On Wednesday, the Federal Reserve released the minutes of its September meeting. Sounds boring, right? It’s not. Or, at least, it shouldn’t be. With gridlock preventing Congress from passing any legislation, the Fed is the only institution looking out for American workers.
Right now, the Fed is weighing when to raise interest rates. It’s a hugely important decision, because raising rates will slow economic growth. Sometimes that’s necessary, in order to avoid inflation. This is not one of those times. Inflation is low, real wages are still stagnant and inflation expectations—that is, what investors expect inflation to be over the next few years—are restrained. Those are three very good reasons to keep interest rates at zero.
Not everyone agrees with that analysis, however. For years, a group of economists and financial analysts has been arguing that the Fed should act, because an inflationary surge is imminent. That hasn’t happened, but these hawks aren’t rethinking their beliefs. Two of them sit on the Fed Board: Dallas Fed President Richer Fisher and Philadelphia Fed President Charles Plosser. They keep agitating for higher rates.
This is why Wednesday’s Fed minutes were so important. They gave us a glimpse into what those two and the rest of the Fed Board were saying the last time they met. And the news was good. It turns out that most Fed board members are more concerned with the underlying weakness of the economy than the specter of inflation. In particular, board members were worried about recent economic struggles in foreign countries. “Some participants expressed concern that the persistent shortfall of economic growth and inflation in the euro area could lead to a further appreciation of the dollar and have adverse effects on the U.S. external sector,” the minutes said. “Several participants added that slower economic growth in China or Japan or unanticipated events in the Middle East or Ukraine might pose a similar risk.”
The U.S. economy is subject to all kinds of forces, some of which are beyond the influence of Fed governors. The health of foreign economies, whether Chinese or European, is one of those. But interest rates are something over which the Fed has control. Led by chair Janet Yellen, the Fed seems to be exercising that control in the best way possible: by showing patience. For millions of Americans struggling to get jobs, or making too little in the jobs they have, that’s great news.
News from Wednesday:
EBOLA: Thomas Duncan, the first Ebola patient discovered in the U.S., died in the Texas hospital where he had been receiving treatment since September 28th. Meanwhile, Administration officials announced that the U.S. would begin more aggressive screening at 5 major U.S. airports. Jonathan Cohn can bring you up to speed on the developments—and what to make of them. (QED)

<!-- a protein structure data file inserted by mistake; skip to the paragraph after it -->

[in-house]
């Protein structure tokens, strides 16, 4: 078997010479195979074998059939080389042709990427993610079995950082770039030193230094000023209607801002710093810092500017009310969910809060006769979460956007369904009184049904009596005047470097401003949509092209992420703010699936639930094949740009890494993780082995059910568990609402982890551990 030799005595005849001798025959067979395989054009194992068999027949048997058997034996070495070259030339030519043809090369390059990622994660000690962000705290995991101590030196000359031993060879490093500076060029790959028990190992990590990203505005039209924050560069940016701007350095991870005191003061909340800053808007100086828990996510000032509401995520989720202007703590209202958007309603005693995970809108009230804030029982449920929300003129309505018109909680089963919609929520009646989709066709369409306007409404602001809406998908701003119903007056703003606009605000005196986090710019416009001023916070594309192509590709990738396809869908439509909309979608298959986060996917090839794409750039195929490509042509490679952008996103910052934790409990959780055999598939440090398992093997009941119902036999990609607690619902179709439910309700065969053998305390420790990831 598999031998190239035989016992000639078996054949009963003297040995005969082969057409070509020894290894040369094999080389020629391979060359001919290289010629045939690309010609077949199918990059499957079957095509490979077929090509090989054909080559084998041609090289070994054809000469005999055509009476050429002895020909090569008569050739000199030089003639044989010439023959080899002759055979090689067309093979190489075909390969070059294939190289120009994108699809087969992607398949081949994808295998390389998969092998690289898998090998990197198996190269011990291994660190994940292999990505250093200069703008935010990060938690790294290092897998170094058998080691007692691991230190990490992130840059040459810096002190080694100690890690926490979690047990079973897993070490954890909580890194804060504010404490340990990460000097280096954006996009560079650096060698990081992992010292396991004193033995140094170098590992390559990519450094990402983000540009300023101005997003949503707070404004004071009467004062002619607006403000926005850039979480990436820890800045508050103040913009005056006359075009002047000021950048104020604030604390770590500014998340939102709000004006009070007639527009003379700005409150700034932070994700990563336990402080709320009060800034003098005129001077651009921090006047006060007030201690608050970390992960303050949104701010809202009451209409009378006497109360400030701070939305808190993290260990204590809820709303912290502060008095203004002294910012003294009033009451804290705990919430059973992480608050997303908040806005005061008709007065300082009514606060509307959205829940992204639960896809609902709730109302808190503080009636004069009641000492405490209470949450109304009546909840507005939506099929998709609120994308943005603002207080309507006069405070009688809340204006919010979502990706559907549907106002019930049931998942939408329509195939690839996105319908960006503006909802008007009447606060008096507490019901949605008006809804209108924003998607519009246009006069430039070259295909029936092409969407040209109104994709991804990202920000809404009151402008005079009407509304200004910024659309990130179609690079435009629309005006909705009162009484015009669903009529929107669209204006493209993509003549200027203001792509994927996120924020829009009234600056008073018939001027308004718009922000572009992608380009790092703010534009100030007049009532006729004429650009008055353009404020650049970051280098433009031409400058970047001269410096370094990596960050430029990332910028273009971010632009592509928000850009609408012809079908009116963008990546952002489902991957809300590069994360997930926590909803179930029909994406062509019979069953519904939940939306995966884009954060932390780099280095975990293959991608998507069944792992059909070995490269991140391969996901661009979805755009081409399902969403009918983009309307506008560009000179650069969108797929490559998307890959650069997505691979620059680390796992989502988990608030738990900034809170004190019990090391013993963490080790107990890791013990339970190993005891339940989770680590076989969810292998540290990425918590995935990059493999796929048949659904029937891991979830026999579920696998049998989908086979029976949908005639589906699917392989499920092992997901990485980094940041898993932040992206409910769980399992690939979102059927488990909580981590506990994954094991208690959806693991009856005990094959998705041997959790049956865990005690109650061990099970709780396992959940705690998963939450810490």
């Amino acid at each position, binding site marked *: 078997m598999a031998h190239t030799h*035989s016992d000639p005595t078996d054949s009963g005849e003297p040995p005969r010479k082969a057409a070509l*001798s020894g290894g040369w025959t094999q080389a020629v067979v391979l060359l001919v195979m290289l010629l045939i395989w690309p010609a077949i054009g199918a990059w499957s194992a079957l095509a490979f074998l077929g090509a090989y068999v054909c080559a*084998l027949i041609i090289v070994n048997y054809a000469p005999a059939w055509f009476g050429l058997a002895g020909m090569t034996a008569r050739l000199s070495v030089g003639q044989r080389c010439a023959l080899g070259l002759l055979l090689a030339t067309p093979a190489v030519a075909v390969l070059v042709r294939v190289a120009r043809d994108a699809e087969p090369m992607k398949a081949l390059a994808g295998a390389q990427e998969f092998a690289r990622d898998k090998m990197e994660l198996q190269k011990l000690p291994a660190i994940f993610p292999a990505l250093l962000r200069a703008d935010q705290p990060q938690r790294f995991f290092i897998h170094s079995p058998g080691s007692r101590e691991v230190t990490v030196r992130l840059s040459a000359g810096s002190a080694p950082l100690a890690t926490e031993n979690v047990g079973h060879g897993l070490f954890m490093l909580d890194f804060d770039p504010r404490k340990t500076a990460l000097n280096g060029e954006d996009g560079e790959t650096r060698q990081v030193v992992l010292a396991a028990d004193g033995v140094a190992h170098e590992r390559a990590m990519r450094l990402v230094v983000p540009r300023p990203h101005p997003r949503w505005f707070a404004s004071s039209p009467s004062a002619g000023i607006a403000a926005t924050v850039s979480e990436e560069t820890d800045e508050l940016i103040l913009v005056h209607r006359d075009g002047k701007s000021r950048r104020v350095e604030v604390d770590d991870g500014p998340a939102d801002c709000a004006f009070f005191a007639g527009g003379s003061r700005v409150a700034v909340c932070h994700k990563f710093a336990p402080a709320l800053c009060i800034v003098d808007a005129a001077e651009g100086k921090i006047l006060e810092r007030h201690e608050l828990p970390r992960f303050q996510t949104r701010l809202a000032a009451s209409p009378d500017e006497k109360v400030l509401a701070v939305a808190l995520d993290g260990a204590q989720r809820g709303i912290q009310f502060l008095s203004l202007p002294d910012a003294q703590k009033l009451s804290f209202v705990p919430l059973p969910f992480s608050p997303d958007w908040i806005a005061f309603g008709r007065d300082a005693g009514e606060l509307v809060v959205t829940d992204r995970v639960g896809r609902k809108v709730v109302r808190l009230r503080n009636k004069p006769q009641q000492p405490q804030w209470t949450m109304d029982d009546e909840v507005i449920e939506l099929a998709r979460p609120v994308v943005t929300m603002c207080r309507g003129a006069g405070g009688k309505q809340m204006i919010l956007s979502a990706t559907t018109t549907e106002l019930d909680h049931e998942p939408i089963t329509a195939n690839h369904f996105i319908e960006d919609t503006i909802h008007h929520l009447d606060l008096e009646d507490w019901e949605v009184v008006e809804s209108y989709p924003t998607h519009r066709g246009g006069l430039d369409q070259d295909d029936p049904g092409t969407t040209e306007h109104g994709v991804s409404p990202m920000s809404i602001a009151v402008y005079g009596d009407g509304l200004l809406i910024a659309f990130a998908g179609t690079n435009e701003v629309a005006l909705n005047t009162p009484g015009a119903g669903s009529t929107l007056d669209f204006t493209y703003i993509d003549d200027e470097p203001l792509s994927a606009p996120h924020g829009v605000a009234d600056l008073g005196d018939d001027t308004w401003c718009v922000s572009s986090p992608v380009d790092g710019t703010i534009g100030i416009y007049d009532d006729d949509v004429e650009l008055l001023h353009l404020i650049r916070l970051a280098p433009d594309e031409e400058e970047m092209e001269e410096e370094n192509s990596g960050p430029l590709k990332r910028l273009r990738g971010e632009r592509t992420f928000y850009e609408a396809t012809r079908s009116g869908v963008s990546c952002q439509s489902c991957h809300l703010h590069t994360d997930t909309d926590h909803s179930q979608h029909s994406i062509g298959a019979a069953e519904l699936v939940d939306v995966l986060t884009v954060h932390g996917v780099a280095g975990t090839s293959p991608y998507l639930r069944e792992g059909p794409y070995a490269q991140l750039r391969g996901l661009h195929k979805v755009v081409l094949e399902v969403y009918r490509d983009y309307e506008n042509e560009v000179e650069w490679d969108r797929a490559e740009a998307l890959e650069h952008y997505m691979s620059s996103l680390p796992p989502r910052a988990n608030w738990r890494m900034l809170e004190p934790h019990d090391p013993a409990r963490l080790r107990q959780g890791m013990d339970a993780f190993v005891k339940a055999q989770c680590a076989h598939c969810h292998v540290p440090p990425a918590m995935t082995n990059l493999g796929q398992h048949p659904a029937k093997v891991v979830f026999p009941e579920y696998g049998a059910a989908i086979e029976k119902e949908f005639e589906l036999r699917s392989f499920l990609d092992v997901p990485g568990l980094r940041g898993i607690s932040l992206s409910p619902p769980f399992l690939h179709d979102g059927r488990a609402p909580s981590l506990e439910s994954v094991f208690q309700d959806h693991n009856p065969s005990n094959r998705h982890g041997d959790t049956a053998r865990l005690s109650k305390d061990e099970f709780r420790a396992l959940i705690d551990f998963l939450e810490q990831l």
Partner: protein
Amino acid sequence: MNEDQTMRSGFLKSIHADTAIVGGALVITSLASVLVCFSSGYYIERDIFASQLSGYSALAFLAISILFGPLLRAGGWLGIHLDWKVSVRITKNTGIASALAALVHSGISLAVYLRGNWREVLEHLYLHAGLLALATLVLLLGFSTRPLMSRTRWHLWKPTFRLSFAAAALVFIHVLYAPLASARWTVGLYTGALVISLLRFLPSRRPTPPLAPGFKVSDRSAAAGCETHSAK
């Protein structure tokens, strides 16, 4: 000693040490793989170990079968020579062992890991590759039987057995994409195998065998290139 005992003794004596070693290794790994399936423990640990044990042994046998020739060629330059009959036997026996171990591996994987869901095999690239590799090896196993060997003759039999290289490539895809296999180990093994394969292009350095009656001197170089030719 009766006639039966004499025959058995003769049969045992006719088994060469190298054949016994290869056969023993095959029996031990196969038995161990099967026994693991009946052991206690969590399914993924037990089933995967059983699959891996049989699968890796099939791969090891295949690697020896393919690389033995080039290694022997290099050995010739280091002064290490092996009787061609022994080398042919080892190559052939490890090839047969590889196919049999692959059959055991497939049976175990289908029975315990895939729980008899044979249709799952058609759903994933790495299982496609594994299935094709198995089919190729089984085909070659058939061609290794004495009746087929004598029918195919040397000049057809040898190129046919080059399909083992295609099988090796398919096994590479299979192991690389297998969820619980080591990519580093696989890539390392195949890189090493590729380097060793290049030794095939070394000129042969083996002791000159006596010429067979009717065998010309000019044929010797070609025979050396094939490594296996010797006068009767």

SAME-SEX MARRIAGE: A day after the 9th Circuit Court of Appeals issued a ruling that allowed gay marriage in Idaho and Nevada, Supreme Court Justice Anthony Kennedy granted a temporary hold on the order. He was responding to a request from Idaho’s governor, but the order affects both states. (Niraj Chokshi, Washington Post)
OBAMACARE: The Administration unveiled a new, streamlined healthcare.gov application, announced that end-to-end testing of the system had begun, and promised this year’s open enrollment would go better than last year’s. In (somewhat) related news, Gallup says the percentage of Americans adults without health insurance is holding steady at 13.4 percent, the lowest level it’s ever recorded. (Sarah Kliff, Vox; Jeffrey Young, Huffington Post)
VOTING RIGHTS: The Supreme Court has said North Carolina can eliminate same-day registration and out-of-precinct voting, at least for this election. The order blocks a ruling, by an Appeals Court, that the changes would reduce opportunities for African-Americans to cast their ballots. The Court’s ruling is not a final decision on the merits, however, and it could take up the case formally in the next term. (Josh Gerstein, Politico)
Articles worth reading
And he’s sticking with his story. Rep. Duncan Hunter, Republican from California, says that “At least ten ISIS fighters have been caught coming across the border in Texas.” Danny Vinik checked with the Department of Homeland Security and—surprise—DHS said the claim was not true. Hunter, by the way, insists he is right. (QED)
If it’s Sunday morning, it must be … Jon Stewart? Chuck Todd now occupies the chair that belonged to David Gregory and, before that, Tim Russert. But Stewart, host of the Daily Show, could have had the job instead. According to Gabriel Sherman, the comedian turned down an offer from NBC, despite being offered “virtually ‘anything.’” (New York)
We’re sick of Scandinavia being good at everything, too. But maybe we should all read Cathie Jo Martin and Alexander Hertel-Fernandez’s article about how Sweden fights income inequality. Hint: It’s not the taxes. It’s the spending. (Vox)
Stories we’ll be watching
Rebecca Leber says scientists think flooding will be a regular part of life on the Eastern Seaboard within 15 years. Thank you global warming! Danny Vinik previews a Supreme Court case pitting labor against employers, and wonders why the Obama Administration is siding with employers. Harold Pollack writes on the tragic, moving story of a young woman in Oregon suffering from terminal cancer. He says that her decision to take her own life, on her own timetable, is a devastating indictment of our health care system—and the way it handles death.
Links complied by Claire Groden and Naomi Shavin